test). At 12 months, there was a sustained difference between groups only

when changes in UPDRS-III were related to baseline. Depression scores

decreased in both groups, whereas the incidence of several nonmotor

symptoms decreased in the treatment group only. (Movement Disorders, 2005

Oct 14).

http://www3.interscience.wiley.com/cgi-bin/fulltext/112117934/HTMLSTART




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PHYSIOLOGICAL BENEFITS: Relative to measurement beforehand, practice of T'ai Chi raised heart rate, increased nonadrenaline excretion in urine, and decreased salivary cortisol concentration. Relative to baseline levels, [Test Subjects] reported less tension, depression, anger, fatigue, confusion and state-anxiety; they felt more vigorous, and in general they had less total mood disturbance.
(American Psychological Association) Journal of Psychosomatic Research, 1989 Vol 33 (2) 197-206



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POSTURAL CONTROL.

T'ai Chi, a traditional Chinese exercise, is a series of individual dance like movements linked together in a continuous, smooth-flowing sequence ... An analysis of variance (ANOVA) domonstrated that in 3 of 5 tests, the T'ai Chi practitioners had significantly better postural control than the sedentary non practitioners. American Journal of Occupational Therapy, 1992 Apr Vol 46 (4) 295-300


POSTURE PROBLEMS. T’ai Chi’s gentle mindful awareness of postural adjustment make it a wonderful therapy for posture problems and for alleviating the pain or chronic tension associated with them.




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PSYCHOSOCIAL.


BELOW ARE PEER REVIEWED STUDIES ON THE PSYCHOSOCIAL BENEFITS OF T'AI CHI

1. Blinde, E.M. (US). Enhancing the physical and social self through recreational activity: Accounts of individuals with physical disabilities. Adapted Physical Activity Quarterly, 14(4), Oct-344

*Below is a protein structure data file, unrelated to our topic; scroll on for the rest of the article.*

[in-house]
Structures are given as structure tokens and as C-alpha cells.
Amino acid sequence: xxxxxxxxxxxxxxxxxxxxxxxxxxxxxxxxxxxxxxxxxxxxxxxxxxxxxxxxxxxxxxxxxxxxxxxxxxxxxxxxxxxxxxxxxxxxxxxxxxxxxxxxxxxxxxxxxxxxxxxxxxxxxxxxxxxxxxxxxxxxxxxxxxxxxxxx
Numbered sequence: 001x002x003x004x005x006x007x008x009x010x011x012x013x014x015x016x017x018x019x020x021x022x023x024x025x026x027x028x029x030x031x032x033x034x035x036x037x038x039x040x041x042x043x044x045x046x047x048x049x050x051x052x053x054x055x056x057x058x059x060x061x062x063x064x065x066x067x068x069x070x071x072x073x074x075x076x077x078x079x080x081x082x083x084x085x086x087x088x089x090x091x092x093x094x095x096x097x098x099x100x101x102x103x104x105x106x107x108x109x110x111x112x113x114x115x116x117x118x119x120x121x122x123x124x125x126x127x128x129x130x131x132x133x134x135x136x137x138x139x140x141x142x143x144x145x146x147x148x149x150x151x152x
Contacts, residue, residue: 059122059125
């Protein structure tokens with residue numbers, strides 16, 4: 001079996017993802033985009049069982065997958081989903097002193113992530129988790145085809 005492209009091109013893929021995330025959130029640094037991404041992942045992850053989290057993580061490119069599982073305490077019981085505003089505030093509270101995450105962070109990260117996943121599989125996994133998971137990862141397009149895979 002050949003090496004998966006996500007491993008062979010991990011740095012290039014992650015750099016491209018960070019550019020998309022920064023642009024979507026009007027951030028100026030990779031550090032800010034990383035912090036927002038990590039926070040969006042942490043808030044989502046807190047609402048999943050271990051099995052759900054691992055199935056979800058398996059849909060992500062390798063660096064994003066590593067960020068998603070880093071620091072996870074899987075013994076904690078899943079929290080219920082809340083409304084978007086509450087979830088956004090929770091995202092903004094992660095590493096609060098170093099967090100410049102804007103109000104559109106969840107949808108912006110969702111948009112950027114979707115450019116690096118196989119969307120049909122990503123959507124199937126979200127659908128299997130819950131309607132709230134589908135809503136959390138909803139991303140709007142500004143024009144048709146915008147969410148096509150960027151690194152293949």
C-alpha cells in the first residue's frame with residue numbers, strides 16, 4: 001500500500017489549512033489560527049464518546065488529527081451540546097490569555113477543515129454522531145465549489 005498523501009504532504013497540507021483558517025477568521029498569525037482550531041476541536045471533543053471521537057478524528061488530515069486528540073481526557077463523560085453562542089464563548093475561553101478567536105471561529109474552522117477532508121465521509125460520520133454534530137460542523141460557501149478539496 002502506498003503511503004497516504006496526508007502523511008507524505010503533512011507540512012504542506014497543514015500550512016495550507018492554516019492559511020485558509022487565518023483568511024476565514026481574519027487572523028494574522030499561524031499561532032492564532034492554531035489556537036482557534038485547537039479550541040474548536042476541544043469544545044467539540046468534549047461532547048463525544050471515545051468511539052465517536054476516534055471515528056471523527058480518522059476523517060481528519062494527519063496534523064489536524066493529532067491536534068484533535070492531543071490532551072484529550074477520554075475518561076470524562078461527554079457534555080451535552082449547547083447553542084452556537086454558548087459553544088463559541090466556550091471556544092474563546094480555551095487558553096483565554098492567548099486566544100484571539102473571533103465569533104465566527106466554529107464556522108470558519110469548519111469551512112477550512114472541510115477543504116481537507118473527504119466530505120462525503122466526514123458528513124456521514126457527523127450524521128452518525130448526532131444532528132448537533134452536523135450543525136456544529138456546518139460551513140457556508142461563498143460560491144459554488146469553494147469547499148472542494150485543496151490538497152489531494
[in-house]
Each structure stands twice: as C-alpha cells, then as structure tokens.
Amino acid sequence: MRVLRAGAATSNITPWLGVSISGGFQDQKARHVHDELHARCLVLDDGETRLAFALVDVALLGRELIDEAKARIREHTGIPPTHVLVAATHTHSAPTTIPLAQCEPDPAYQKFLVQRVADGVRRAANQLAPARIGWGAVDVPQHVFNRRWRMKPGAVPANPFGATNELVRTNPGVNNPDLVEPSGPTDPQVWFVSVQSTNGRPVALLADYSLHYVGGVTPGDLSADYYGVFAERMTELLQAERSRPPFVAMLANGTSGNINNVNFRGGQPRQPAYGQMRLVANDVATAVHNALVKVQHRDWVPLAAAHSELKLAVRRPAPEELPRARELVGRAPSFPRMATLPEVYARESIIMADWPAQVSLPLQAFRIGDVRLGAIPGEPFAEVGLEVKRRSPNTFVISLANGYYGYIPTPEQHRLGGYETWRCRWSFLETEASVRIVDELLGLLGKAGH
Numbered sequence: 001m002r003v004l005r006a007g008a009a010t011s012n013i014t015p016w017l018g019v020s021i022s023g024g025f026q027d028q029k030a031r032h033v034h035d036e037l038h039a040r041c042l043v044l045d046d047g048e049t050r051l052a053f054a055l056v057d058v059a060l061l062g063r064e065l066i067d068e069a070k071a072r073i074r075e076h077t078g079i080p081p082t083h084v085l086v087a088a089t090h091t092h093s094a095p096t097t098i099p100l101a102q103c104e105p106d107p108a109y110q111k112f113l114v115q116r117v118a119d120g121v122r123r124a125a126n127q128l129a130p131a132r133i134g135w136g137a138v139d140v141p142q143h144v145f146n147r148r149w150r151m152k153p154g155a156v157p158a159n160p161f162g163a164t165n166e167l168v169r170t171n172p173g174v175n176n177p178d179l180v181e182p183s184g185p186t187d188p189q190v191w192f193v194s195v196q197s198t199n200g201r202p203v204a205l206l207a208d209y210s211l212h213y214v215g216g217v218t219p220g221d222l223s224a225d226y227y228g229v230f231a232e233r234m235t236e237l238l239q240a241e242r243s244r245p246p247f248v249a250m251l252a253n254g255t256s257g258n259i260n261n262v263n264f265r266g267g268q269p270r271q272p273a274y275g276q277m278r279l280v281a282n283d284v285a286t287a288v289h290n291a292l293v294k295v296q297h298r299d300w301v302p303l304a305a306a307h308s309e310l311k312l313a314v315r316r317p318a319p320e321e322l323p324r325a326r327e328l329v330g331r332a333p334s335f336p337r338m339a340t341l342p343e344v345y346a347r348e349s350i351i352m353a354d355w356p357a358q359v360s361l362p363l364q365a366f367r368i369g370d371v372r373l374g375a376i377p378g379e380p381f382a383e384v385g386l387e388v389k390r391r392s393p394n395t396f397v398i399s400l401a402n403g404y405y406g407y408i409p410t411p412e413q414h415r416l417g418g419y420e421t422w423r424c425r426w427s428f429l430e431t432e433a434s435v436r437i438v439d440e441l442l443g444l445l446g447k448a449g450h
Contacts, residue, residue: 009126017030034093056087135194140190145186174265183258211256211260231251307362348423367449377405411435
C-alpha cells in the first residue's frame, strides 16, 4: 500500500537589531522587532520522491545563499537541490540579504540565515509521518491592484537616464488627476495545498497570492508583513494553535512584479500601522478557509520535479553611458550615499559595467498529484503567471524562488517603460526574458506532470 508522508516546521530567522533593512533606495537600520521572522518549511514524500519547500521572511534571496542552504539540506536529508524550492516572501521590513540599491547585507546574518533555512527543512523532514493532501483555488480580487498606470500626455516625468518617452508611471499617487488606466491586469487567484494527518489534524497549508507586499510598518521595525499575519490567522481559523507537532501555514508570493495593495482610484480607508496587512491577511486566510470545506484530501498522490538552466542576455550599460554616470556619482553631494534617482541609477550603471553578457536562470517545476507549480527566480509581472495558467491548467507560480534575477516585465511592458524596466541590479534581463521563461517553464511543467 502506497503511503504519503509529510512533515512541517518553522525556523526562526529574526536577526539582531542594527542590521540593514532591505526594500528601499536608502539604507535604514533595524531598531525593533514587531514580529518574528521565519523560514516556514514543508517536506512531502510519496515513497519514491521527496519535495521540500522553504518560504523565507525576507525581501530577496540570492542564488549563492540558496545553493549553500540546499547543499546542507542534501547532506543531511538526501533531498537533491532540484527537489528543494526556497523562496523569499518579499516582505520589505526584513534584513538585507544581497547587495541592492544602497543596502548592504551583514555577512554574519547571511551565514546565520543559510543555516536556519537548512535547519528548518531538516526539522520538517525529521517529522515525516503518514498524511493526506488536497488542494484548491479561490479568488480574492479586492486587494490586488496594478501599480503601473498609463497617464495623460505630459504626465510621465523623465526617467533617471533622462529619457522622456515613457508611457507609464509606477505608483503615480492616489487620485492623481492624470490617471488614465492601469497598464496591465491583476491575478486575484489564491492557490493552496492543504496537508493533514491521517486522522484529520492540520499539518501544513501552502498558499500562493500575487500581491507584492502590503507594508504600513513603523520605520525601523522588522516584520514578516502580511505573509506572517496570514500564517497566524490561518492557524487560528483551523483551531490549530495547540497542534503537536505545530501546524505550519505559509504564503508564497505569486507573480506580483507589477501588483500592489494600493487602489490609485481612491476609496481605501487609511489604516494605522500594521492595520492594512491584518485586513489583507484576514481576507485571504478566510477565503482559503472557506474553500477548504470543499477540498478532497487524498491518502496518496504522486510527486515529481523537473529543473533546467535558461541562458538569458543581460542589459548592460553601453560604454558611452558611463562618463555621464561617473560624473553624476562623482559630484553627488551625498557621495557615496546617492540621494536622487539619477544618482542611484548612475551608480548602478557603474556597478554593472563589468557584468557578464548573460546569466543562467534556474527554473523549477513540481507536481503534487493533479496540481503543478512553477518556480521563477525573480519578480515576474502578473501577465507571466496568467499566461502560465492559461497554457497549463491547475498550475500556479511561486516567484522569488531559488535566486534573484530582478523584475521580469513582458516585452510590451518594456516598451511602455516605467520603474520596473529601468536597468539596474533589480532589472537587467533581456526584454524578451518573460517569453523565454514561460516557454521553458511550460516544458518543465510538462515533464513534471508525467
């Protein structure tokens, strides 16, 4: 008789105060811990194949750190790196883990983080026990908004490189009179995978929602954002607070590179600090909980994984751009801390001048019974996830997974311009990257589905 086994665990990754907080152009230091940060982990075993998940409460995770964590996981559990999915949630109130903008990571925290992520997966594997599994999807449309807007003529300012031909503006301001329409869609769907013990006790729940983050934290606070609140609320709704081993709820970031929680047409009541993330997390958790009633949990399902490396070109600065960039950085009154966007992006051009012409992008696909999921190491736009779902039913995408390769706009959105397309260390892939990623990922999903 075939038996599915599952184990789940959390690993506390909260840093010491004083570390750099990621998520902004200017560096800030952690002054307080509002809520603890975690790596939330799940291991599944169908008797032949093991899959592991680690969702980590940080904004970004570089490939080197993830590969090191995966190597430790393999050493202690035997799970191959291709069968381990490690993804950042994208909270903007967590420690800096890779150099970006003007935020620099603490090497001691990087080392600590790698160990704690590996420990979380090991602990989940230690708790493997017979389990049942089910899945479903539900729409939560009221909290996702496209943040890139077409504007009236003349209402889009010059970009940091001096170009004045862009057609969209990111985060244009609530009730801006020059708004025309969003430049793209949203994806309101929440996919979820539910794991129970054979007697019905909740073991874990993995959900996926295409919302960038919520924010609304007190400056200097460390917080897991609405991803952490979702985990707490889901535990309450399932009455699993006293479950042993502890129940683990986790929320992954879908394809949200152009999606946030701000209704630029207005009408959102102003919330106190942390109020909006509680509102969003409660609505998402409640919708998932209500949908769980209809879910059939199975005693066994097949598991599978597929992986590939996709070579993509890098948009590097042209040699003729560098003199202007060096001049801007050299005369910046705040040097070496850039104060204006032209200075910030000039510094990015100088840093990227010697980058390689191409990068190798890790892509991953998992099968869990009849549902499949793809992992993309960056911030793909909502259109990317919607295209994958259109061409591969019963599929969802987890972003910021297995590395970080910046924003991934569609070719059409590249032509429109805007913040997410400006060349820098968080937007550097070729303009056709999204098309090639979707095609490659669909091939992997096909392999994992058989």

2. Chou K L, Lee P W, Yu E C, Macfarlane D, Cheng Y H, Chan S S, Chi I. Effect of Tai Chi on depressive symptoms amongst Chinese older patients with depressive disorders: a randomized clinical trial. Int J Geriatr Psychiatry 2004; (19): 1105-1107.

3. Blinde, E.M., & McClung, L.R. (1997). Enhancing the physical and social self through recreational activity: accounts of individuals with physical disabilities. Adapted Physical Activity Quarterly, 14(4):327-44, 1997 Oct, 14(59 ref), 327-344.

4. Kutner, N.G., Barnhart, H., Wolf, S.L., McNeely, E., & Xu, T. (1997). Self-report benefits of Tai Chi practice by older adults. J Gerontol B Psychol Sci Soc Sci JID - 9508483, 52(5), 242-246.

5. Li, F., Harmer, P., Chaumeton, N.R., Duncan, T., & Duncan, S. (2002). Tai Chi as a means to enhance self-esteem: a randomized controlled trial. Journal of Applied Gerontology, 21(1):70-89, 2002 Mar, 21(36 ref), 70-89.

6. Bond, D.S. (US). Moderate aerobic exercise, T'ai Chi, and social problem-solving ability in relation to psychological stress. International Journal of Stress Management, 9(4), Oct-343

7. Li, F. (US). Enhancing the psychological well-being of elderly individuals through Tai Chi exercise: A latent growth curve analysis. Structural Equation Modeling, 8(1), 2001-2083.

8. Szabo, A., Mesko, A., Caputo, A., & Gill, E. (1902). Examination of exercise-induced feeling states in four modes of exercise. International Journal of Sport Psychology, 29(4), Oct-Dec

9. Naruse, K. (US). Effects of slow tempo exercise on respiration, heart rate and mood state. Perceptual & Motor Skills, 91(3, Pt 1), Dec-740

10. Slater, J. (US). Postural-vestibular integration and forms of dreaming: A preliminary report on the effects of brief T'ai Chi Chuan training. Perceptual & Motor Skills, 85(1), Aug-98

11. Kawano, R. (Univ Microfilms International). The effect of exercise on body awareness and mood. Dissertation Abstracts International: Section B: the Sciences & Engineering, 59(7-B), Univ

PSYCHOSOCIAL BENEFITS & T'AI CHI NON-PEER REVIEWED RESEARCH ARTICLES: